Advanced Quantum Information Theory
Ashley Montanaro
This unit is a graduate course for the Centre for Doctoral Training in Quantum Engineering, running in Spring 2016. The unit will cover advanced and recent developments in the theory of quantum information processing, with a particular focus on quantum computation.
The lectures and examples classes will be held in the ground floor seminar
room in the Nanoscience and Quantum Information (NSQI) building, usually on Mondays
and Wednesdays from 911.
Materials
Tentative schedule:
Week commencing  Monday 911  Wednesday 911 
25 Jan  Computational complexity The quantum circuit model  Grover's algorithm 
1 Feb  The QFT and periodicity Shor's
algorithm  Shor's algorithm (ctd) (Thu 1012) Approximate periodicity 
8 Feb  Phase estimation Hamiltonian simulation  Quantum walks Quantum walk algorithms 
15 Feb  Decoherence Quantum errorcorrection  No lecture 
22 Feb  No lecture  The stabilizer formalism (Fri
911, CDT student office) Measurement and tomography 
29 Feb  Measurementbased QC (Damian Markham)  Essay surgery 
Assessment: The assessment for this unit is an essay of 3,500
words. This should summarise and synthesise technical research from one or
more research papers in the field of quantum information theory, including a
brief description of how the topic fits into the broader context. Any content
over 3,500 words must be placed in a clearly marked appendix and will not
count towards the final mark.
The deadline for the essay is Thursday 24 March. The essay should be
submitted to Blackboard in PDF format and will be run through the standard
Turnitin plagiarismdetection software. The essay will be assessed using the
School of Physics 21point scale (also on Blackboard). Some more specific
guidance:
 The assignment aims to test your understanding of the material on a
technical level. Therefore, to obtain a high mark it is not sufficient to
simply state and compare the claims of one or more papers verbatim; instead,
the essay should show that you have understood the key ideas behind the
material.
 Given the constraints of the word limit, it will be important to write
concisely and clearly while not omitting any important technical details.
 A good essay would:
 Contain a substantial amount of technical content (e.g. proofs, precise
statements of theorems, definitions etc.) demonstrating clear understanding
of said content;
 Compare and/or synthesise the content of more than one paper, or otherwise
demonstrate understanding of how the paper fits into the overall field.
 An excellent essay would demonstrate a level of understanding and/or
creativity beyond what is in the paper(s) surveyed.
 For example, this could include finding bugs or fixing incorrect claims;
synthesising content in a way that leads to a new understanding; or original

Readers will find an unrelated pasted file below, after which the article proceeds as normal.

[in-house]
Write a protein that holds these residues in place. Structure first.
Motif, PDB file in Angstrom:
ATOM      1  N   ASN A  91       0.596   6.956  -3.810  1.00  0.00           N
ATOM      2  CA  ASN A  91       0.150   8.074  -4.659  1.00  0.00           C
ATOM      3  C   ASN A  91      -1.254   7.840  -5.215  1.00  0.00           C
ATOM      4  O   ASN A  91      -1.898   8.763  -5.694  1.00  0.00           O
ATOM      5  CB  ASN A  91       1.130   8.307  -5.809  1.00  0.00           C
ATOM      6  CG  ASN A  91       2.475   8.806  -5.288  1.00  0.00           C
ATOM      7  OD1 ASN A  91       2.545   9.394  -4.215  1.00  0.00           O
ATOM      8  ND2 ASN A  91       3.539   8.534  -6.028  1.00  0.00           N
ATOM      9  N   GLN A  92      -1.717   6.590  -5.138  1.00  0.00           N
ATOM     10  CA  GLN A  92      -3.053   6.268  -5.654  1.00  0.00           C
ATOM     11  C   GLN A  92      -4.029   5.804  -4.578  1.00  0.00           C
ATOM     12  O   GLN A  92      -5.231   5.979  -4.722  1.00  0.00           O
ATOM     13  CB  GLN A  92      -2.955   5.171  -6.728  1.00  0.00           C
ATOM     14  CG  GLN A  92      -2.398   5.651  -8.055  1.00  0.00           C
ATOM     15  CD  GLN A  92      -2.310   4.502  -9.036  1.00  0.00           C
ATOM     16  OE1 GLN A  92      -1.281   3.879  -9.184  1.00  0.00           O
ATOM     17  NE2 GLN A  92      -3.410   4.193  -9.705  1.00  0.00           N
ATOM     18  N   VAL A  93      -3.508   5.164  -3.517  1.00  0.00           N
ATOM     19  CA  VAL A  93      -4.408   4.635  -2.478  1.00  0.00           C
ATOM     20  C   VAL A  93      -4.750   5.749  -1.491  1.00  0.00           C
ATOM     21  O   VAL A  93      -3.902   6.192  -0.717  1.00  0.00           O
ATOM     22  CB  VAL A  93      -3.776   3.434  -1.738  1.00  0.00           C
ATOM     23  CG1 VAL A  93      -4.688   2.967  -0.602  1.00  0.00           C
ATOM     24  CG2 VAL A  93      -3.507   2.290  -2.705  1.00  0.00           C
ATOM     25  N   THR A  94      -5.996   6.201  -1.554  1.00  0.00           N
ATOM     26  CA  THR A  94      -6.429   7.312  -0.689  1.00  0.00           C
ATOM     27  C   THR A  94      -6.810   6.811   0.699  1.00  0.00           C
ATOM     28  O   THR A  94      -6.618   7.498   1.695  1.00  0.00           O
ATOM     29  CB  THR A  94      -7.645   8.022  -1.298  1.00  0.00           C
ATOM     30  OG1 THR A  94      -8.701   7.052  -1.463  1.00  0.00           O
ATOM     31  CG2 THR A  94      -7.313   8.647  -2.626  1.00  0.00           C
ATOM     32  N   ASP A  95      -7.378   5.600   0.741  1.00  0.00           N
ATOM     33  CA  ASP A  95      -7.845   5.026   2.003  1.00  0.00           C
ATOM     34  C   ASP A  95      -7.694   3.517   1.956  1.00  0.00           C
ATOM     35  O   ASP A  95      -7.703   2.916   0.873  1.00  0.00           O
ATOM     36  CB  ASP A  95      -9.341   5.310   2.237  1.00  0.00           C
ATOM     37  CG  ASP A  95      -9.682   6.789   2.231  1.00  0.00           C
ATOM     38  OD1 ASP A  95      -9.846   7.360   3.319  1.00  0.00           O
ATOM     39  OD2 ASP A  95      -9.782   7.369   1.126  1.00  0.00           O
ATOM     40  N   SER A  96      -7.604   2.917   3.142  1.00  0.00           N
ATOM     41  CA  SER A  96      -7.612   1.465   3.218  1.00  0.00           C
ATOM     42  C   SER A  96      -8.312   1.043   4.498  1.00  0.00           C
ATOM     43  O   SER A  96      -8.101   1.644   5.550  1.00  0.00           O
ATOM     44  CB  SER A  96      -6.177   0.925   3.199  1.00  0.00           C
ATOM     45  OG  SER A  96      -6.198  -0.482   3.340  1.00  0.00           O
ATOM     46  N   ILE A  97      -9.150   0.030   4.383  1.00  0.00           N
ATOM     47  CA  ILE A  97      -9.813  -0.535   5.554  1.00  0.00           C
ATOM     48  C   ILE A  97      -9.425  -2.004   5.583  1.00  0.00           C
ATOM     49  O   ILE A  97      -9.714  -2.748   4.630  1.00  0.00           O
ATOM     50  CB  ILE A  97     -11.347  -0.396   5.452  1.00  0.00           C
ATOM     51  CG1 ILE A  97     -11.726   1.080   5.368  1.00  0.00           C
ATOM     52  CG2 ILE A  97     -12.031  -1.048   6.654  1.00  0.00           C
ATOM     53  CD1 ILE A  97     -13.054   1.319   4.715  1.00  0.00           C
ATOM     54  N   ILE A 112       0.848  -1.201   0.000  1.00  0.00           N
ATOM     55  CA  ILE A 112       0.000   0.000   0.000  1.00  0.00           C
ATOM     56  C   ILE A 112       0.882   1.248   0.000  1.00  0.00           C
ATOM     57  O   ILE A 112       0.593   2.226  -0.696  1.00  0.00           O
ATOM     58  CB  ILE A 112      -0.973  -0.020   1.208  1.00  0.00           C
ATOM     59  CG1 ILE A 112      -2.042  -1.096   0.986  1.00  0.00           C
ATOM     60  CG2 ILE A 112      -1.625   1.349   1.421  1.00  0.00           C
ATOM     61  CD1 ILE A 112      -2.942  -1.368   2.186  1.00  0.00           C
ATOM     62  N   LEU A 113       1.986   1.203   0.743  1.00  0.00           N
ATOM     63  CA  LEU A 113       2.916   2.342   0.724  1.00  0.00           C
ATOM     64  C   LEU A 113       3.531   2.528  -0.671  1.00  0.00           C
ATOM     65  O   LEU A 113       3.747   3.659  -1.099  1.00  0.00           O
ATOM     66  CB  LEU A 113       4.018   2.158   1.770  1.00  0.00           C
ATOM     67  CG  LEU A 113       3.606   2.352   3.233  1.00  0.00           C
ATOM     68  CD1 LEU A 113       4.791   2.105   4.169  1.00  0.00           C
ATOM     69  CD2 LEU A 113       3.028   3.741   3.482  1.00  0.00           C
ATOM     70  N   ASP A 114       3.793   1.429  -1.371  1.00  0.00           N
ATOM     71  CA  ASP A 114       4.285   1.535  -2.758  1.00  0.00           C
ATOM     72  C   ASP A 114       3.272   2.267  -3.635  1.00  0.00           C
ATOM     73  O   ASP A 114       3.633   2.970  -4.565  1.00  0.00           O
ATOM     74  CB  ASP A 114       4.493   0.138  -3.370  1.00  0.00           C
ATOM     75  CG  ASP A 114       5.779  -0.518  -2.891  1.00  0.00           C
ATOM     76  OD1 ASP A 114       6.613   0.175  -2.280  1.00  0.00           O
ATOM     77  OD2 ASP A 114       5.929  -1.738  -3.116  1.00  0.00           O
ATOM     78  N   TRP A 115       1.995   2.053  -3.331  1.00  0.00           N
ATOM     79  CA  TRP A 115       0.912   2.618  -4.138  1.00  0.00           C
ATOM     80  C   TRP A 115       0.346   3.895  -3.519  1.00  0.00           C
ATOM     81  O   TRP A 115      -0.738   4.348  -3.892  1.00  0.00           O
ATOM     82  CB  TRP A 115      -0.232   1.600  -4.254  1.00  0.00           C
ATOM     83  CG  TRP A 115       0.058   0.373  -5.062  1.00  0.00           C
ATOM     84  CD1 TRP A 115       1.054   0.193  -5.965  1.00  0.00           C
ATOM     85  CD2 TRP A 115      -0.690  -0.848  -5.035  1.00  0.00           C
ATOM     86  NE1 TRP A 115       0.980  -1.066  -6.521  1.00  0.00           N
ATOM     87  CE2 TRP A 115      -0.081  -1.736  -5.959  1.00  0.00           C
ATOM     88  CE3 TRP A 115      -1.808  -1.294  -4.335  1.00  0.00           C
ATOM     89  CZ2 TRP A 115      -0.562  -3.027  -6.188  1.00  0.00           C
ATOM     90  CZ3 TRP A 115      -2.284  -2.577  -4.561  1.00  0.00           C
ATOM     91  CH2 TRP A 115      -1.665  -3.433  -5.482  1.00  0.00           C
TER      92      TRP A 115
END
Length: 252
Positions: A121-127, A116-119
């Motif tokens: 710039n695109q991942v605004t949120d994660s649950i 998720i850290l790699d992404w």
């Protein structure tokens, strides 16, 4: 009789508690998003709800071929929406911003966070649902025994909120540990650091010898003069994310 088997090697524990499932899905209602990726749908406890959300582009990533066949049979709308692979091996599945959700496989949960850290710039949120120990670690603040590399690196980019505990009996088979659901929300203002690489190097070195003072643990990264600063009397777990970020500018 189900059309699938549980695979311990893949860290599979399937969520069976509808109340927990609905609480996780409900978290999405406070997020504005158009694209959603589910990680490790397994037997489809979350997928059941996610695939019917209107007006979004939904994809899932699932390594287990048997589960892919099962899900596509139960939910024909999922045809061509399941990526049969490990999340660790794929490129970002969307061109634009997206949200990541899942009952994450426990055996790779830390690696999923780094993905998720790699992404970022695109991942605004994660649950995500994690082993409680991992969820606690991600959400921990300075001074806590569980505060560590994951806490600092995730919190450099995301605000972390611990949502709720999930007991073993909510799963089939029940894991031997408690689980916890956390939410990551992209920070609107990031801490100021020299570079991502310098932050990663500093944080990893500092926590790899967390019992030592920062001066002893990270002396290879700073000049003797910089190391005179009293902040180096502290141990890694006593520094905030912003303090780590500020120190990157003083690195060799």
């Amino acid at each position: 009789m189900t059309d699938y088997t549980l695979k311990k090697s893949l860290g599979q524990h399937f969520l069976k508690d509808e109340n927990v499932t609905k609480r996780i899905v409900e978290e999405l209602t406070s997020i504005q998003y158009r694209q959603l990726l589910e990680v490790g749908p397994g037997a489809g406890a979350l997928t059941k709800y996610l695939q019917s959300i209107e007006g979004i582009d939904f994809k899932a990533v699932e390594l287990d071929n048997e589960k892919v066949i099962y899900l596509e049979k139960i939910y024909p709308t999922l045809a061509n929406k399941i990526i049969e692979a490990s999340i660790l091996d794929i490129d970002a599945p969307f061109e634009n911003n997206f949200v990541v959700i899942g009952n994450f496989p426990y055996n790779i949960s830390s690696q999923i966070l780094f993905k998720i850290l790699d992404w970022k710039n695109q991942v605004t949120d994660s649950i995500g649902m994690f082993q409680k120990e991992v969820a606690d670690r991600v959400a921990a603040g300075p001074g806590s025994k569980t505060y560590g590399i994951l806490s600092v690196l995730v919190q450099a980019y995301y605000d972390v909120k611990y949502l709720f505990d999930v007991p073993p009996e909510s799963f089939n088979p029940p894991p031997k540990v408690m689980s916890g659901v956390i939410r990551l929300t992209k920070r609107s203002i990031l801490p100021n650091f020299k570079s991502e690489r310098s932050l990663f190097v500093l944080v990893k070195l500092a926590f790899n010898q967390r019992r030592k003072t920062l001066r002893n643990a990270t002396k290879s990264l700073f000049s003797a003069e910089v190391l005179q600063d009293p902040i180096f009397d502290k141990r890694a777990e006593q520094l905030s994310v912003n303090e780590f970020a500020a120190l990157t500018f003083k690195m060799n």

research.
 The essay for this unit forms a significant fraction of your overall mark
for the year, and you need to pass it just like any other unit. The pass
mark is 50%.
A list of suggested topics for essays is given below. Other ideas  and
modifications of the ideas below  are very welcome, but you may not choose a
topic which was previously undertaken by a student
from last
year's unit. Each topic may only be chosen by at most one student. If
you have any concerns about potential overlap, please ask.
For each topic, two references are given, all to the arXiv. These could form a
starting point for your essay, but you should also read around the area (for
example, looking at papers in the bibliography of the references below, as
well as papers that cite them).
Quantum algorithms:
 Solving linear equations with a quantum computer. arXiv:0811.3171,
arXiv:1010.4458
 Hidden shifts and the dihedral hidden subgroup problem. quantph/0302112,
quantph/0406151
 Efficient quantum phase estimation. quantph/0609160, arXiv:1304.0741
 Quantum query complexity separations beating Grover's
algorithm. arXiv:1511.01937, arXiv:1506.04719
 Quantum walks and electrical circuits. arXiv:1302.3143, arXiv:1509.02374
 Optimal quantum query complexity separations. arXiv:1411.5729,
arXiv:1005.0523
Quantum circuits and complexity:
 Efficient compilation of quantum gates. arXiv:1510.03888, quantph/0505030
 Hardness of classical simulation of simple quantum
computers. arXiv:1011.3245, arXiv:1504.07999
 Simulating restricted classes of quantum circuits
classically. quantph/0511069, arXiv:0804.4050
 Verification of quantum computations. arXiv:1509.09180, arxiv:1203.5217
 Quantum faulttolerance thresholds. quantph/0404104, quantph/9906129
 Quantum versus classical proofs. quantph/0604056, arXiv:1510.06750
Connections to physics and foundations:
 Efficient quantum simulation of strongly correlated models and
superconductivity. arXiv:1506.05135, arXiv:1510.03859
 Local Hamiltonians with no lowenergy trivial states and the quantum PCP
conjecture. arXiv:1309.7495, arXiv:1510.02082
 Grover search and speculative physical theories. arXiv:1511.00657,
quantph/9801041
 Undecidability of problems in quantum information. arXiv:1502.04573,
arXiv:1111.5425
Other:
 Quantum communication complexity. arXiv:0907.3584, quantph/0611209
 Lower bounds on quantum query complexity. quantph/0509153,
quantph/9802049
 Optimal tomography of quantum states. arXiv:1508.01797, arXiv:1508.01907
 Testing properties of quantum states. arXiv:1310.2035, arXiv:1501.05028